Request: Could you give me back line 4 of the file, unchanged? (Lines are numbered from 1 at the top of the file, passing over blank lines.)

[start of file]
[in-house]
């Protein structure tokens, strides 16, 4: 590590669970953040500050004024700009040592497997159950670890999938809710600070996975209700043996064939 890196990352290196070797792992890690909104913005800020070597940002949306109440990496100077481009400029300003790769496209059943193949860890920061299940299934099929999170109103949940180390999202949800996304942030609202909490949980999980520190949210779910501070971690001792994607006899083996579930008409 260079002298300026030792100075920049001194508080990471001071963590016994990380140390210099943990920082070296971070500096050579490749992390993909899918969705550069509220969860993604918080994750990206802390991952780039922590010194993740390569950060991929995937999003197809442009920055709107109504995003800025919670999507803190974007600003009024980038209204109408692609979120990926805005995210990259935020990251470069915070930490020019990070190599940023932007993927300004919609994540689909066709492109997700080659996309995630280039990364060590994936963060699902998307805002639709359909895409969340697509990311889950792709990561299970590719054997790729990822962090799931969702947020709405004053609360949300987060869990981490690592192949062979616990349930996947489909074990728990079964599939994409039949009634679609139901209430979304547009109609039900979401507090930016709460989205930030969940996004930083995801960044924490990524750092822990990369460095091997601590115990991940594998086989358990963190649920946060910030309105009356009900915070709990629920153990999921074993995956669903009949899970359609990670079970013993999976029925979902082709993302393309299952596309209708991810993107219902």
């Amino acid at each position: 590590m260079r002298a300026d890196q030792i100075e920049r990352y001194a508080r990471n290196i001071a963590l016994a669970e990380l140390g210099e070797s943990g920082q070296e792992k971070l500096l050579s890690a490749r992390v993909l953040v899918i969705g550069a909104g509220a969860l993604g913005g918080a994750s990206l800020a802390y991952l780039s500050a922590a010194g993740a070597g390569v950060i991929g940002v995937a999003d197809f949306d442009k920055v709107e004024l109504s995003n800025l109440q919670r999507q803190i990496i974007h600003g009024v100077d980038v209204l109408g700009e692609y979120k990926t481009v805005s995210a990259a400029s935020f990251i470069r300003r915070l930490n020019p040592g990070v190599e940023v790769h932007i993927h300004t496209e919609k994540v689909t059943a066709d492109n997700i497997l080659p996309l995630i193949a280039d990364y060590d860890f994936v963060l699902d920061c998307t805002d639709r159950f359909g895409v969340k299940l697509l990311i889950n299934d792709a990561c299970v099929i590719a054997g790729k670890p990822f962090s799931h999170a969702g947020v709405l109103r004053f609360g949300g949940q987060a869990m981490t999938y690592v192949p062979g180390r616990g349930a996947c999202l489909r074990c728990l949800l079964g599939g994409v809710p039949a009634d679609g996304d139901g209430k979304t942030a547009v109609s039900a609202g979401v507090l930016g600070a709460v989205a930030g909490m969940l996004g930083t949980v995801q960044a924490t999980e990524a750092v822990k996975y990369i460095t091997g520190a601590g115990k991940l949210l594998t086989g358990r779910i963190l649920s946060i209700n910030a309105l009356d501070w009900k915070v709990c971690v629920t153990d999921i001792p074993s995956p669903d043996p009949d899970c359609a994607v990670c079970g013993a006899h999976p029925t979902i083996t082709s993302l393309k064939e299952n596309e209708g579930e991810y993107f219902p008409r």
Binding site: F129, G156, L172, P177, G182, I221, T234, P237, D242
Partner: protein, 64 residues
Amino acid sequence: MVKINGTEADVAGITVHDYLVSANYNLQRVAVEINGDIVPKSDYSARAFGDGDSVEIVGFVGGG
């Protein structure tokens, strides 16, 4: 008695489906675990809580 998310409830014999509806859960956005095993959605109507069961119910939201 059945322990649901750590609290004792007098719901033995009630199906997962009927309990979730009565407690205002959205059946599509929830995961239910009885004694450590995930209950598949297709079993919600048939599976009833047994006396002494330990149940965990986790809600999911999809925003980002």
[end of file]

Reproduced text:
Binding site: F129, G156, L172, P177, G182, I221, T234, P237, D242